Another discovery Reychel ends up making is the value of her friendship with Ivy. Why did Ivy want her rescued, and why is Ivy acting so strange now that they are out of slave quarters? Sometimes people have different opinions of what friendship is and what friends are for.

Usually, slaves weren’t worth enough for a master to mount a search for too long. That was the case with Ivy. Reychel, however, was the exception to the rule. Kandek will not give up. If not for the friendship of one of the militia both girls would have been caught within the first weeks. There is a love interest with Marc, the militia guard. Another discovery about Ivy is the result of that interest.

Ivy is a fun character. Reychel is in line with a young adult hero type. So is Marc. All three are important to the story and the action-filled adventure Megg Jensen gives us.

Recommended.


Reviews:


Anathema can be found at Amazon

Edghill, Rosemary: The Warslayer: The Incredibly True Adventures of Vixen the Slayer, the Beginning (2002)

http://www.carolheyer.com/fantasy-art.html
Cover art by Carol Heyer

Rosemary Edghill does her usual cracking job writing The Warslayer.

“A terrible power has been unleashed in the land of Erchanen. Long was it prisoned upon the peaks of Grey Arlinn, until foul mischance freed it once more. Now it stalks the plains of Serenthodial, and Great Drathil is no more than an abode of shadows. We are a simple gentle people, without the arts of war, and we knew that only the greatest warrior who ever lived could help our people in their hour of greatest need. You are she.”

Quite understandably, Gloria (Glory) McArdle is a bit skeptical to being approached by three apparently insane (like all conventioneers) fans who are taking fandom to the extreme. What she gets instead is a new world.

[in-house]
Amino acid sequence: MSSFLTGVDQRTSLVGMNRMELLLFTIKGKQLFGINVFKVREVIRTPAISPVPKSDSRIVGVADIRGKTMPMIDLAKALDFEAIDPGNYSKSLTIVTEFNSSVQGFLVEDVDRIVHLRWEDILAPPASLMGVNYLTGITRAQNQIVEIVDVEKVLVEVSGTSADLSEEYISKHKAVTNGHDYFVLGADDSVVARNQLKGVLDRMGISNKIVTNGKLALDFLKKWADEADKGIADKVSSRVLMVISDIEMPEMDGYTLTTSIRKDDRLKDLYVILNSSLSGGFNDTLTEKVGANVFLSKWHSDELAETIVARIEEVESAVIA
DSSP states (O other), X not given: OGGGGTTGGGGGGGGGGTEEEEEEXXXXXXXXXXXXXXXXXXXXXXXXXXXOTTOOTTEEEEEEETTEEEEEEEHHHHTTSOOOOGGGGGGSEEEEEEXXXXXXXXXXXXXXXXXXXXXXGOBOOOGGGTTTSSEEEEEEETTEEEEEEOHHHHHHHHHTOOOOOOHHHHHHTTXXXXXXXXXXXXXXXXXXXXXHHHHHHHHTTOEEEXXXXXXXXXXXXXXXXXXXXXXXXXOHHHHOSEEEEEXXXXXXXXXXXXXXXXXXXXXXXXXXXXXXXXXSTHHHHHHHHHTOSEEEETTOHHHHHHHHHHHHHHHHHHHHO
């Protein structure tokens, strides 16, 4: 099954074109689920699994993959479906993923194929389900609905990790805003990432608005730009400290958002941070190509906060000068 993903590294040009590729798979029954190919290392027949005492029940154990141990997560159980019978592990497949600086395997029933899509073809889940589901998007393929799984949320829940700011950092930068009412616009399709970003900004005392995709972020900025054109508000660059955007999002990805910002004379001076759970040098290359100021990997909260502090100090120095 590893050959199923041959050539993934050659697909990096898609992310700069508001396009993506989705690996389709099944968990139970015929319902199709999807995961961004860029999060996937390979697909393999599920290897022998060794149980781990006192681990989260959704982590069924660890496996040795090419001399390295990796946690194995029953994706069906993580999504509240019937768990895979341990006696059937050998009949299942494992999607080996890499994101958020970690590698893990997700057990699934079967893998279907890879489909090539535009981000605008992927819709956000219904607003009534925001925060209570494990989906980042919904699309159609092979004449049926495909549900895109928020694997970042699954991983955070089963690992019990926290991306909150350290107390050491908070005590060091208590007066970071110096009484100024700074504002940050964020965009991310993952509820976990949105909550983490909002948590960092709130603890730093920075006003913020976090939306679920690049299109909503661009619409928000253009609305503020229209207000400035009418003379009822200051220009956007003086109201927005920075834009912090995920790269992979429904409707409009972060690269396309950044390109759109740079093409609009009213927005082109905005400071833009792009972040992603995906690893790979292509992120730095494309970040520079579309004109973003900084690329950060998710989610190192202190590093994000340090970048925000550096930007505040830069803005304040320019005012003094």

It isn’t often a stuffed elephant gets to have a major supporting role, but Gorden, the elephant, does. Glory depends on him for comfort in all the strangeness and he is also in an essential place when one of the Allimir needs him. Or at least Vixen thinks that when she and Belegir are seeking the will of the Oracle. Comfort objects are important tools in emergencies and daily life. I think it is safe to say that Vixen’s new life is traumatic.

Vixen also brings her highly impractical costume including a real and blunt sword. It was thought that, for the sake of realism, the role as Vixen required learning to fight with a real weapon. Well, kind of fight. She discovers that her choreographed moves are of little use and improvisation is a must. In fact, having been an Olympic gymnast is far more important to Glory’s survival.

“The terrace directly below was still clear. It was an eight-foot drop. Glory turned away from the stairs and jumped.

They hated having her do her own stunts on TITAoVtS, because if she got hurt, production stopped dead, but in fact she was damned good at it, and the stuntpeople had taught her a few helpful tricks. She held the sword well out from her body and threw herself into a forward somersault, landing on her feet, crouching to absorb the impact – just like the vaulting horse, that – and backing up quickly against the wall. …”